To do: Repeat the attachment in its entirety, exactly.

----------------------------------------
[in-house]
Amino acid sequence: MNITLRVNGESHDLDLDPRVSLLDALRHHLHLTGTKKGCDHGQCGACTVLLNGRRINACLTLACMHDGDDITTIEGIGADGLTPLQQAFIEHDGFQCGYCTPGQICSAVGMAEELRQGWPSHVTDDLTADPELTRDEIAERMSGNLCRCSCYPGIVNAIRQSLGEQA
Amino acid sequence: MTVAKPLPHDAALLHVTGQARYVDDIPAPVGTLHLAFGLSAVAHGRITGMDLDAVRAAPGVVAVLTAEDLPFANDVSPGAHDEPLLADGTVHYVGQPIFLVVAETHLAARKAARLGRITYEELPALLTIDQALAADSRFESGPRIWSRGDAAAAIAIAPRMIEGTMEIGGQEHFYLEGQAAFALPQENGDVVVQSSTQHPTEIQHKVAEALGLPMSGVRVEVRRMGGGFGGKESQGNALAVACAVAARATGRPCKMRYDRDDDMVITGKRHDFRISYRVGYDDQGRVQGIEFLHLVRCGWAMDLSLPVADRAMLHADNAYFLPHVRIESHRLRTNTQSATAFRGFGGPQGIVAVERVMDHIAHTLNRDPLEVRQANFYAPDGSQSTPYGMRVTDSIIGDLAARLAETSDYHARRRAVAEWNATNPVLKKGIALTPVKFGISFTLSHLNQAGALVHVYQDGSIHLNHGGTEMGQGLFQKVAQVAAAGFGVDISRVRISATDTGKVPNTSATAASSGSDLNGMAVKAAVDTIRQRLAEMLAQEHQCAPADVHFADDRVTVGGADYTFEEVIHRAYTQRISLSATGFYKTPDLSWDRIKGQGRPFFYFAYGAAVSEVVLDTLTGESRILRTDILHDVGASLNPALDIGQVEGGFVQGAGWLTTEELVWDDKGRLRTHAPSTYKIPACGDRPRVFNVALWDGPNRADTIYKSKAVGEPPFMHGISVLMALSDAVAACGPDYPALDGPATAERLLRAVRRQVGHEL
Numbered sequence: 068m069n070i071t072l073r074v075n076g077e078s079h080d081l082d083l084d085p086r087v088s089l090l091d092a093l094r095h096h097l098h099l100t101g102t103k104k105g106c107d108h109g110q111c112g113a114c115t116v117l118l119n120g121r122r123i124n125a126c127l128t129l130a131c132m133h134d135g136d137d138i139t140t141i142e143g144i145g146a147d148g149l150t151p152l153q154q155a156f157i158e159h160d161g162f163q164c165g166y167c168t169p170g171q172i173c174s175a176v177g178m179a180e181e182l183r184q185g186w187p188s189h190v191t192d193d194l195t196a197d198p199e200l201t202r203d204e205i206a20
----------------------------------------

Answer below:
[in-house]
Amino acid sequence: MNITLRVNGESHDLDLDPRVSLLDALRHHLHLTGTKKGCDHGQCGACTVLLNGRRINACLTLACMHDGDDITTIEGIGADGLTPLQQAFIEHDGFQCGYCTPGQICSAVGMAEELRQGWPSHVTDDLTADPELTRDEIAERMSGNLCRCSCYPGIVNAIRQSLGEQA
Amino acid sequence: MTVAKPLPHDAALLHVTGQARYVDDIPAPVGTLHLAFGLSAVAHGRITGMDLDAVRAAPGVVAVLTAEDLPFANDVSPGAHDEPLLADGTVHYVGQPIFLVVAETHLAARKAARLGRITYEELPALLTIDQALAADSRFESGPRIWSRGDAAAAIAIAPRMIEGTMEIGGQEHFYLEGQAAFALPQENGDVVVQSSTQHPTEIQHKVAEALGLPMSGVRVEVRRMGGGFGGKESQGNALAVACAVAARATGRPCKMRYDRDDDMVITGKRHDFRISYRVGYDDQGRVQGIEFLHLVRCGWAMDLSLPVADRAMLHADNAYFLPHVRIESHRLRTNTQSATAFRGFGGPQGIVAVERVMDHIAHTLNRDPLEVRQANFYAPDGSQSTPYGMRVTDSIIGDLAARLAETSDYHARRRAVAEWNATNPVLKKGIALTPVKFGISFTLSHLNQAGALVHVYQDGSIHLNHGGTEMGQGLFQKVAQVAAAGFGVDISRVRISATDTGKVPNTSATAASSGSDLNGMAVKAAVDTIRQRLAEMLAQEHQCAPADVHFADDRVTVGGADYTFEEVIHRAYTQRISLSATGFYKTPDLSWDRIKGQGRPFFYFAYGAAVSEVVLDTLTGESRILRTDILHDVGASLNPALDIGQVEGGFVQGAGWLTTEELVWDDKGRLRTHAPSTYKIPACGDRPRVFNVALWDGPNRADTIYKSKAVGEPPFMHGISVLMALSDAVAACGPDYPALDGPATAERLLRAVRRQVGHEL
Numbered sequence: 068m069n070i071t072l073r074v075n076g077e078s079h080d081l082d083l084d085p086r087v088s089l090l091d092a093l094r095h096h097l098h099l100t101g102t103k104k105g106c107d108h109g110q111c112g113a114c115t116v117l118l119n120g121r122r123i124n125a126c127l128t129l130a131c132m133h134d135g136d137d138i139t140t141i142e143g144i145g146a147d148g149l150t151p152l153q154q155a156f157i158e159h160d161g162f163q164c165g166y167c168t169p170g171q172i173c174s175a176v177g178m179a180e181e182l183r184q185g186w187p188s189h190v191t192d193d194l195t196a197d198p199e200l201t202r203d204e205i206a20